Strain Sensing for
Highly Elastic Materials
A research team at
Armstrong is developing a sensor that can measure strain on highly elastic
materials, such as inflatable wings, reentry vehicles, and airships. Conventional
foil strain gauges are inaccurate when used on highly elastic materials because
of localized stiffening due to the relatively high modulus of sensors and their
adhesive mechanisms, which reduces strain transfer to the sensing element. To
counteract these problems, the Armstrong team has adapted a strain measuring
device currently used in the medical field to diagnose endothelial dysfunction.
Work to date: Laboratory testing and
sensor calibration has been achieved during testing of eight 11- to
17-foot diameter tori from the Hypersonic Inflatable Aerodynamic Decelerator
(HIAD) vehicle. Under compressive loading, strain levels at buckling were
determined with the data generated from these sensors.
Looking ahead: The team will continue
to characterize and evaluate the sensor and flexible adhesive.
Broader range of measurement:
Measures high strains
(over 100 percent)
More accurate: Works without
creating localized stiffening that could bias strain measurements
Gulfstream III test aircraft Inflatable wings
Reentry vehicles Airships
Fiber Optic Sensing
Armstrong's portfolio of Fiber Optic Sensing System (FOSS)
technologies offers unparalleled options for high-resolution sensing in
applications that require a unique combination of high-powered processing and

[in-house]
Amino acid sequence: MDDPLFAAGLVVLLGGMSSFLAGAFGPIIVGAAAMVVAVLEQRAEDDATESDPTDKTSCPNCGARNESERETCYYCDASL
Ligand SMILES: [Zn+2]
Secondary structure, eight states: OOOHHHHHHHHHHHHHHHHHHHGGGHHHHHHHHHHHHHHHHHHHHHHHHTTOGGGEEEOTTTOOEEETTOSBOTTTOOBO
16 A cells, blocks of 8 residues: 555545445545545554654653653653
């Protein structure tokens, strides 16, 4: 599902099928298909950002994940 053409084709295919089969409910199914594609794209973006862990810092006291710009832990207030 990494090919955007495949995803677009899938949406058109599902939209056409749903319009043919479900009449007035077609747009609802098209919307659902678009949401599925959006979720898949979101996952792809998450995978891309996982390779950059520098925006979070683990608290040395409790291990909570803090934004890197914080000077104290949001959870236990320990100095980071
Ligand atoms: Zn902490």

lightweight, flexible, and robust sensors. The system measures real-time
strain, which can be used to determine two-dimensional and three-dimensional
shape, temperature, liquid level, pressure, and loads, alone or in combination.
Initially developed to monitor aircraft structures in flight, the system's
capabilities open up myriad new applications for fiber optics-not just in
aerospace but also for civil structures, transportation, oil and gas, medical,
and many more industries.
The Armstrong approach employs fiber Bragg grating (FBG)
sensors, optical frequency domain reflectometry (OFDR) sensing, and
ultra-efficient algo-rithms (100 samples/second). Engineers are continually
seeking new ways of looking at information and determining what is important.
Armstrong's FOSS technologies focus on critical research needs. Whether it is
used to determine shape, stress, temperature, pressure, strength, operational
load, or liquid level, this technology offers ultra-fast, reliable